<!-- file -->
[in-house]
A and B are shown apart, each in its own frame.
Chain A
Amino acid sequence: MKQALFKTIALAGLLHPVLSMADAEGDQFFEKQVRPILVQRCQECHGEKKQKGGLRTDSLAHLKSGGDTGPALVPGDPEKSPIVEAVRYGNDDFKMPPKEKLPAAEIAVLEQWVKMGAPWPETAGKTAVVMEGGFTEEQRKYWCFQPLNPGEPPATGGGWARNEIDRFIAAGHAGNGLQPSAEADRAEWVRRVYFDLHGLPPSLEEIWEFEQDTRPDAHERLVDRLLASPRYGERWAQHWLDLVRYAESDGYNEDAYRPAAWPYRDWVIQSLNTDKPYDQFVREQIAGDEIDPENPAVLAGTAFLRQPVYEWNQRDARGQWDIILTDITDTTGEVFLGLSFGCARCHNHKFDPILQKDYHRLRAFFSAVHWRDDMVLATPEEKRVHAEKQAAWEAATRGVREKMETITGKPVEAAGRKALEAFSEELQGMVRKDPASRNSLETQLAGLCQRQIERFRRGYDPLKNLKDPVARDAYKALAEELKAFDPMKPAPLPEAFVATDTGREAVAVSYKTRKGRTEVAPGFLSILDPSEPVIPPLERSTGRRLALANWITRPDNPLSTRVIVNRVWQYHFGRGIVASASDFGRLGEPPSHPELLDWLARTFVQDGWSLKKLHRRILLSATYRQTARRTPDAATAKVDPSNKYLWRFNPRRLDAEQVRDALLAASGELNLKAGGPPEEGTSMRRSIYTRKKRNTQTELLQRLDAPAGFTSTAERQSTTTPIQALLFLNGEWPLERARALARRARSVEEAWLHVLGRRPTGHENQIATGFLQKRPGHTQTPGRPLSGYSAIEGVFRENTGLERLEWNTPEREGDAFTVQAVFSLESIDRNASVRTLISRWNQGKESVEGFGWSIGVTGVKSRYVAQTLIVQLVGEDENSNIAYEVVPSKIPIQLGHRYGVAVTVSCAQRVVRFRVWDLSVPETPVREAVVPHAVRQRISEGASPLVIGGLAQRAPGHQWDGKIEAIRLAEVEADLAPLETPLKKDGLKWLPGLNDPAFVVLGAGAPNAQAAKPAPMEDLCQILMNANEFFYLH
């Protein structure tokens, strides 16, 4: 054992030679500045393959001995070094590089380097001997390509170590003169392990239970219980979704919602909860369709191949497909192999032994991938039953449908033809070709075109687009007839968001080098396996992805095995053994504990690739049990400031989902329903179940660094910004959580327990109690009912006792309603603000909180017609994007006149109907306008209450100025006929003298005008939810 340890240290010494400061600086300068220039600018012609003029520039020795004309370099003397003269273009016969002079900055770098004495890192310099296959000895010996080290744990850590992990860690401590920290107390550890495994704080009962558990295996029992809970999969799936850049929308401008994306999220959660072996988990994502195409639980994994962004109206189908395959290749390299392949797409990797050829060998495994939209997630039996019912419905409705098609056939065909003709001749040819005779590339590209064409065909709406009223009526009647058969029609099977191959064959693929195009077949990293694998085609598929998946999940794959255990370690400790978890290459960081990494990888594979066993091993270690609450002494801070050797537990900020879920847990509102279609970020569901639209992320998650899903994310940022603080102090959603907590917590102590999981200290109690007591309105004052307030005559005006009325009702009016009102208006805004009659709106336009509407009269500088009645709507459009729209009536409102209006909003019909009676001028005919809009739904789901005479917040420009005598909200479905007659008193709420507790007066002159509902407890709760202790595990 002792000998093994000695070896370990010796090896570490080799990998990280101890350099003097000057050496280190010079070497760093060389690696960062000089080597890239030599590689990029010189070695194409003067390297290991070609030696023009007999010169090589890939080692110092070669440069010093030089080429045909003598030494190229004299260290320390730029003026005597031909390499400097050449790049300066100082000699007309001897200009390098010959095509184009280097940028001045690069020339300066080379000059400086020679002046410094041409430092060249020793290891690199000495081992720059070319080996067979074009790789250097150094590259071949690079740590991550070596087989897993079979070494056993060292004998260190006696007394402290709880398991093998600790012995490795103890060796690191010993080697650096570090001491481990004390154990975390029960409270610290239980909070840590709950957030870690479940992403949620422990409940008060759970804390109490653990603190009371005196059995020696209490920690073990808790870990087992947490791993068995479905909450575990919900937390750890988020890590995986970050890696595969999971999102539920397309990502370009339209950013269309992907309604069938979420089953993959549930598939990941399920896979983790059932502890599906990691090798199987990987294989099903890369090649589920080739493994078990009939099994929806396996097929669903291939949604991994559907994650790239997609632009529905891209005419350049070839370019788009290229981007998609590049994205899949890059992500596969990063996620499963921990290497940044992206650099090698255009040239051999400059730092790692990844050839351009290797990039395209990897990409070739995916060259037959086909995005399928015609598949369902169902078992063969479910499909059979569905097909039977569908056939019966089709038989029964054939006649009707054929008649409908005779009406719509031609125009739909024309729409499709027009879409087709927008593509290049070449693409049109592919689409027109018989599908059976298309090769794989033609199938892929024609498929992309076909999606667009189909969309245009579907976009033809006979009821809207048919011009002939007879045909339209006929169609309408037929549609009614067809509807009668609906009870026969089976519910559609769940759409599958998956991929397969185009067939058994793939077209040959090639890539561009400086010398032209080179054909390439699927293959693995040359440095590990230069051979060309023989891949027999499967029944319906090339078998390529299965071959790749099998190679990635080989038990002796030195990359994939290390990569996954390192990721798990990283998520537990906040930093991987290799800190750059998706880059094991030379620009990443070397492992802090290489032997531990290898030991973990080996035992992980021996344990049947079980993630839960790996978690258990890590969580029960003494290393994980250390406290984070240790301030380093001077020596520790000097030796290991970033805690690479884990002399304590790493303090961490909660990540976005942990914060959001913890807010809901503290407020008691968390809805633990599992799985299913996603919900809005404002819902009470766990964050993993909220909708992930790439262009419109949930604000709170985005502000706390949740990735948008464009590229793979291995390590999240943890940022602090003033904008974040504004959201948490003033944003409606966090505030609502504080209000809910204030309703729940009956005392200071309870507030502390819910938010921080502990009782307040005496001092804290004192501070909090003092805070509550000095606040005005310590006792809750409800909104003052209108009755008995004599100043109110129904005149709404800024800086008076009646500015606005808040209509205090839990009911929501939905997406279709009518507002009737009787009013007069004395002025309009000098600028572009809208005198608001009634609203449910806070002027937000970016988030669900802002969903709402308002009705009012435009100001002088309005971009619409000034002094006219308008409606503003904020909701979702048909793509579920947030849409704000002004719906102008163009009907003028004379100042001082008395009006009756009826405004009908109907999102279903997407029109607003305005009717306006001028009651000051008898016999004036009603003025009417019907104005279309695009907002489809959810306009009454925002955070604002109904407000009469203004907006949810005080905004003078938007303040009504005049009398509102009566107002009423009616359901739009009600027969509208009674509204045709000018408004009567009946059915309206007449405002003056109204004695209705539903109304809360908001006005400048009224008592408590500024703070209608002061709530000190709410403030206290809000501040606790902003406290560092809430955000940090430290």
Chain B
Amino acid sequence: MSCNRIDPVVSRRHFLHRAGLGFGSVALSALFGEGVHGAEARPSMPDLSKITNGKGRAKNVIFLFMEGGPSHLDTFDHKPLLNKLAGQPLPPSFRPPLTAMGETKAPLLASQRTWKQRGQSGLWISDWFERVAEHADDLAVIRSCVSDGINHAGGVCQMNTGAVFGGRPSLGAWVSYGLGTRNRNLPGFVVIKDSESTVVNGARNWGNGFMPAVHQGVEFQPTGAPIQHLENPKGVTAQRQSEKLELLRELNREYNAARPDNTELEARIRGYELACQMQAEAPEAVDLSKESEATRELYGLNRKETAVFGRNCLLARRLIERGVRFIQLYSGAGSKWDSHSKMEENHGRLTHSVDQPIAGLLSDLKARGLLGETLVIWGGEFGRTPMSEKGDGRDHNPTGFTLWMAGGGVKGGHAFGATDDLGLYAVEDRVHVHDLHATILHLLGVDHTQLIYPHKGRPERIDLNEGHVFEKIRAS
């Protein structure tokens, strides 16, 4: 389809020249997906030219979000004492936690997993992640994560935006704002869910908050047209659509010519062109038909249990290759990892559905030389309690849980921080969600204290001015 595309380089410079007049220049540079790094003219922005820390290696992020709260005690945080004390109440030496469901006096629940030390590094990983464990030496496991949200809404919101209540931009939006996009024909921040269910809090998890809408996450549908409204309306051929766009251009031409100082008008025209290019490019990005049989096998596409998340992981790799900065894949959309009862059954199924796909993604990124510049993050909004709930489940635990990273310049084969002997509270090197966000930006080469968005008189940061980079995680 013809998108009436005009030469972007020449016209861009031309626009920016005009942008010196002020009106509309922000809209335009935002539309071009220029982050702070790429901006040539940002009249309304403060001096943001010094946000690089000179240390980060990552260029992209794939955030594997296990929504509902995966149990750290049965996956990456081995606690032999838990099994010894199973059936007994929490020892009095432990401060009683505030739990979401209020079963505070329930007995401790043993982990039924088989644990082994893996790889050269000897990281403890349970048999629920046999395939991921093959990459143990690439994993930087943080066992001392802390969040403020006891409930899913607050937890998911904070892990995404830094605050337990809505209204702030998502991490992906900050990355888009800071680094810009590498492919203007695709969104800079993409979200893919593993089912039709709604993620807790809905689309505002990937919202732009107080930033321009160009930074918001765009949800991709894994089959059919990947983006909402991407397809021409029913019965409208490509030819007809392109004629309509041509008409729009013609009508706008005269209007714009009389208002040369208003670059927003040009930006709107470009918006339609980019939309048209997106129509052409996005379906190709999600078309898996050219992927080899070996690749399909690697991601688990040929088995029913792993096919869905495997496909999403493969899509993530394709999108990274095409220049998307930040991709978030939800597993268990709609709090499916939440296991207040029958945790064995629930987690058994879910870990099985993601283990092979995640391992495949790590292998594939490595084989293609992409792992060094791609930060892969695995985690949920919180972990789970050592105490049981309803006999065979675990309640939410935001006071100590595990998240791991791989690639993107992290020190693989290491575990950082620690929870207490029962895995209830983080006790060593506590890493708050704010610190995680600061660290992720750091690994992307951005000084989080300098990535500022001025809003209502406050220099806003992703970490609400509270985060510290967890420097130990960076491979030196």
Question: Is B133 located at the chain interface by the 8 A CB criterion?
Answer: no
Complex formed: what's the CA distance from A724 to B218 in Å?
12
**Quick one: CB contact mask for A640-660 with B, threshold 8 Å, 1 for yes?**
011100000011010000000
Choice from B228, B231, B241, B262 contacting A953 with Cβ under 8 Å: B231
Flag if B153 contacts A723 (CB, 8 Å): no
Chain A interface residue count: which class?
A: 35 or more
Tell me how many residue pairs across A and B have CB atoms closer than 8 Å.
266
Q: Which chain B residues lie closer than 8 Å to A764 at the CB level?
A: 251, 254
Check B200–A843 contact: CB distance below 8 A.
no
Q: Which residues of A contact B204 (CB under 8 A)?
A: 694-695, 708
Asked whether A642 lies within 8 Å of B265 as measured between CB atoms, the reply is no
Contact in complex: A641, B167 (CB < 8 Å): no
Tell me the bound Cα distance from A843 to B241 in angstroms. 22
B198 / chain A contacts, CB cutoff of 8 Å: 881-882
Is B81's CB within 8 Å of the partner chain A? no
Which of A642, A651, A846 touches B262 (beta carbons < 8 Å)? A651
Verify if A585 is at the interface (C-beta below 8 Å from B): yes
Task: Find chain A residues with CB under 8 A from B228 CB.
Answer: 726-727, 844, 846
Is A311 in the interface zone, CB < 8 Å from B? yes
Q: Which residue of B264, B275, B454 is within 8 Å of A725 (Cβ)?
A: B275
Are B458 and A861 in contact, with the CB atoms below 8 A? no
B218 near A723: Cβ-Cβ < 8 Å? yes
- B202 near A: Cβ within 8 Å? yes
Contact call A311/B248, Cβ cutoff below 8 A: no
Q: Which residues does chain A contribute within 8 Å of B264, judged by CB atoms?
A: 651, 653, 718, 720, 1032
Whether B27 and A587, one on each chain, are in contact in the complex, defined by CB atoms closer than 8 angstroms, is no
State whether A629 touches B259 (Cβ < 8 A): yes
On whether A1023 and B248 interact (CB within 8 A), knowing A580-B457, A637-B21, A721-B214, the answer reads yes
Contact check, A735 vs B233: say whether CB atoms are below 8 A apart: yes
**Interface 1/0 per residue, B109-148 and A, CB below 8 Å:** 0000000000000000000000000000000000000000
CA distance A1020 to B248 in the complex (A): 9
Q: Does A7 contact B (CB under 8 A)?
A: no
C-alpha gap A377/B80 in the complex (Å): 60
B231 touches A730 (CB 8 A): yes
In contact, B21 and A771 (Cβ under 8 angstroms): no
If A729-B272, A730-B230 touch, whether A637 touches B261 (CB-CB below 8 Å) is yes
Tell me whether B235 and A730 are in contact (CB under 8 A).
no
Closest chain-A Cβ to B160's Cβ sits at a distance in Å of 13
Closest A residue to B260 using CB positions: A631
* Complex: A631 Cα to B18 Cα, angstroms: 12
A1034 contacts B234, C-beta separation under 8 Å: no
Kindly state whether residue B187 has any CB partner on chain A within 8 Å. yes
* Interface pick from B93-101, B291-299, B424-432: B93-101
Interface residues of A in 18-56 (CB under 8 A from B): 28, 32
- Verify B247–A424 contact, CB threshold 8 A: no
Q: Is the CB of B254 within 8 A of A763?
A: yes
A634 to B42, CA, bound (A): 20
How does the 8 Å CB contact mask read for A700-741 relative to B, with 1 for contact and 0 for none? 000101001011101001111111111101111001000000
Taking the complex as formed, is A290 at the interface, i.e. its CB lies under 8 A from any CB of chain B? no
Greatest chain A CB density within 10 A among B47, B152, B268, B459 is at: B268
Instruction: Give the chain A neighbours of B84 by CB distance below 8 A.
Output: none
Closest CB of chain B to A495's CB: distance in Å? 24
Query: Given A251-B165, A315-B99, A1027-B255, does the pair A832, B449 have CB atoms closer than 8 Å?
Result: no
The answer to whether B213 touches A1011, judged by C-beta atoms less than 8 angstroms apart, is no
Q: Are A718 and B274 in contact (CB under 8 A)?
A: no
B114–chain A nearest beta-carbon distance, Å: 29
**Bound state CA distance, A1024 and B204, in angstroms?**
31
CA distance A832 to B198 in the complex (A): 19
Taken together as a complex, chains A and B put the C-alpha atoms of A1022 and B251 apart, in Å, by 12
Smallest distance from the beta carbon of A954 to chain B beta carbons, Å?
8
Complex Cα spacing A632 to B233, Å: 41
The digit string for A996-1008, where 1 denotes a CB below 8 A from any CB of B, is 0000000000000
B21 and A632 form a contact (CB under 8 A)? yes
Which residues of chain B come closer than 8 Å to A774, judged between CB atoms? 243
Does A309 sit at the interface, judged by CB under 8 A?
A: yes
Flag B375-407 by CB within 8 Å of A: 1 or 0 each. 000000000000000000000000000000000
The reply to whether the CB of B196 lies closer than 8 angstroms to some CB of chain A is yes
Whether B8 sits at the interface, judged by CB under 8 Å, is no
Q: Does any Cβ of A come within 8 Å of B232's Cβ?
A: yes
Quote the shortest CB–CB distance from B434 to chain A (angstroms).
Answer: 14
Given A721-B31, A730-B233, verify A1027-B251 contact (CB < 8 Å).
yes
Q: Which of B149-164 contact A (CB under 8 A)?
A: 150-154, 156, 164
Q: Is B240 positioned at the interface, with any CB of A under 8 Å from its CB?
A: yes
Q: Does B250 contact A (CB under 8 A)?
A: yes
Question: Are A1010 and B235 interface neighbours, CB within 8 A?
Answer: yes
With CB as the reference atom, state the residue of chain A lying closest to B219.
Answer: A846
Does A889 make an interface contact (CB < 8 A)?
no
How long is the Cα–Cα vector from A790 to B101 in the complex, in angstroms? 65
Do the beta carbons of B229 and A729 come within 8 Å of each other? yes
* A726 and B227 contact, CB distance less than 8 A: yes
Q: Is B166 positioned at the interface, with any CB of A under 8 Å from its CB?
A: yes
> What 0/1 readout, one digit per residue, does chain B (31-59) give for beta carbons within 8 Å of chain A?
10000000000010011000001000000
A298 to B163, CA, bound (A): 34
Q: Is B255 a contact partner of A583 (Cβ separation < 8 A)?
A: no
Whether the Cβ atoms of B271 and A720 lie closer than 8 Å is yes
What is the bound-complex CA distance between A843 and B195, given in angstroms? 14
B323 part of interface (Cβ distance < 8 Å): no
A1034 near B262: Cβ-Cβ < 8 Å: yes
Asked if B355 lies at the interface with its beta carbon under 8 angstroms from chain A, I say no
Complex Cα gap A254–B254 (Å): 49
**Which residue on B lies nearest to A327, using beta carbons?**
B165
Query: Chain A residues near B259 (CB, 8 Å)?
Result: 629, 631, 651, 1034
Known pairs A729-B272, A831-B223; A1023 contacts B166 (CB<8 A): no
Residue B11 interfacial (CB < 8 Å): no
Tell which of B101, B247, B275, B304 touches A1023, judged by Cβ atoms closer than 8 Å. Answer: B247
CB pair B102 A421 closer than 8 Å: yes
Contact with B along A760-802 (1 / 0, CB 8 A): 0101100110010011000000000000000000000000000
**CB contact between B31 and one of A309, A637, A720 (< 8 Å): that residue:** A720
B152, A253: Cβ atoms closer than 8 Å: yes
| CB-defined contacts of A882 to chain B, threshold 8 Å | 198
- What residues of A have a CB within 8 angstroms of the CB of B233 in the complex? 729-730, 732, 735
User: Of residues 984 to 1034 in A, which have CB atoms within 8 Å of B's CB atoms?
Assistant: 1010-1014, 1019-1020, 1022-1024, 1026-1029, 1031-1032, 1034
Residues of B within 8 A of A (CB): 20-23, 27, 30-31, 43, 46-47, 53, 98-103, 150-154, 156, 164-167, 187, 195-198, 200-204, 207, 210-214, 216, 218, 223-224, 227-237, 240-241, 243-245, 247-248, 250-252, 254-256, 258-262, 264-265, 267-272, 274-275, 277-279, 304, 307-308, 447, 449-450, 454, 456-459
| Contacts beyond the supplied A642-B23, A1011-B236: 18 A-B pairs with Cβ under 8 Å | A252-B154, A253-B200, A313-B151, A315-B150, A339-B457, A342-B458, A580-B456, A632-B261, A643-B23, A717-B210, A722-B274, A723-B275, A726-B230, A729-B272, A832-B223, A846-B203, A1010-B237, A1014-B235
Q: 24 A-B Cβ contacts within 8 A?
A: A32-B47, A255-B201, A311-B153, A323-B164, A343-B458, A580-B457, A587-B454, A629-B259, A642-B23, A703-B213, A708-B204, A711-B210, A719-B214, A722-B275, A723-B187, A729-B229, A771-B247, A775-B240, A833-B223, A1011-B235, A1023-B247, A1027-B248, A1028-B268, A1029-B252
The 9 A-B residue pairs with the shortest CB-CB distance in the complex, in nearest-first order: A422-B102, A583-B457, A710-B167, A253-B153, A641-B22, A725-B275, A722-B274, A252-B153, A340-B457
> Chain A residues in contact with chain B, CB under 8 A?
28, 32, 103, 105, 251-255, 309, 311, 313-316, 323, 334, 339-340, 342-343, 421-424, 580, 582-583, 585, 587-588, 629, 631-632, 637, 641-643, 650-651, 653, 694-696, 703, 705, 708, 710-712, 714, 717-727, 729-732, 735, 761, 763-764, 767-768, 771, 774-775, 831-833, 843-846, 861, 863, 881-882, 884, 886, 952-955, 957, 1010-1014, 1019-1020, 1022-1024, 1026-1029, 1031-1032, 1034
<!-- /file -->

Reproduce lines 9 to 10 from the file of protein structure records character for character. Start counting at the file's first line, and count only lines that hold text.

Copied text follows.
Question: Is B133 located at the chain interface by the 8 A CB criterion?
Answer: no